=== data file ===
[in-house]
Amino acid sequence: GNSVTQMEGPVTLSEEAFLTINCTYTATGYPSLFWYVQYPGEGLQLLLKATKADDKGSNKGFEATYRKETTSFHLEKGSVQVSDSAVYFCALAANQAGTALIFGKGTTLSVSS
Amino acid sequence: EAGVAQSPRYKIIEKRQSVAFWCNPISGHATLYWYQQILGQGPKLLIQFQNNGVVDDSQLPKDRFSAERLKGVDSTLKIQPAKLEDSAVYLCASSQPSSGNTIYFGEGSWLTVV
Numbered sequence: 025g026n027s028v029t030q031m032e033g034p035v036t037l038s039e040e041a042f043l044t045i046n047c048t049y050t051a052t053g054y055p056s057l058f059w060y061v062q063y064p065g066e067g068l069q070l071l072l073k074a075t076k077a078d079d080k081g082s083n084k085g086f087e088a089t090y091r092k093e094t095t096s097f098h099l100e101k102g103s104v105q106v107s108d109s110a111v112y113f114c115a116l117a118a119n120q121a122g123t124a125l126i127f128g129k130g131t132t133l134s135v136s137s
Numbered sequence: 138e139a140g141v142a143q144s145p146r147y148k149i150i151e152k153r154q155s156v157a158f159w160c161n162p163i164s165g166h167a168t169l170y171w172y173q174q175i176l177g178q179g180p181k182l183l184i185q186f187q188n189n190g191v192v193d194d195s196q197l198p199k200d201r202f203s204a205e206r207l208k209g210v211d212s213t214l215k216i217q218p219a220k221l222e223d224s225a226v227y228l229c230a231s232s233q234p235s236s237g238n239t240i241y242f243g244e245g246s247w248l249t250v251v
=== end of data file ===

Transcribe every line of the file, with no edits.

[in-house]
Amino acid sequence: GNSVTQMEGPVTLSEEAFLTINCTYTATGYPSLFWYVQYPGEGLQLLLKATKADDKGSNKGFEATYRKETTSFHLEKGSVQVSDSAVYFCALAANQAGTALIFGKGTTLSVSS
Amino acid sequence: EAGVAQSPRYKIIEKRQSVAFWCNPISGHATLYWYQQILGQGPKLLIQFQNNGVVDDSQLPKDRFSAERLKGVDSTLKIQPAKLEDSAVYLCASSQPSSGNTIYFGEGSWLTVV
Numbered sequence: 025g026n027s028v029t030q031m032e033g034p035v036t037l038s039e040e041a042f043l044t045i046n047c048t049y050t051a052t053g054y055p056s057l058f059w060y061v062q063y064p065g066e067g068l069q070l071l072l073k074a075t076k077a078d079d080k081g082s083n084k085g086f087e088a089t090y091r092k093e094t095t096s097f098h099l100e101k102g103s104v105q106v107s108d109s110a111v112y113f114c115a116l117a118a119n120q121a122g123t124a125l126i127f128g129k130g131t132t133l134s135v136s137s
Numbered sequence: 138e139a140g141v142a143q144s145p146r147y148k149i150i151e152k153r154q155s156v157a158f159w160c161n162p163i164s165g166h167a168t169l170y171w172y173q174q175i176l177g178q179g180p181k182l183l184i185q186f187q188n189n190g191v192v193d194d195s196q197l198p199k200d201r202f203s204a205e206r207l208k209g210v211d212s213t214l215k216i217q218p219a220k221l222e223d224s225a226v227y228l229c230a231s232s233q234p235s236s237g238n239t240i241y242f243g244e245g246s247w248l249t250v251v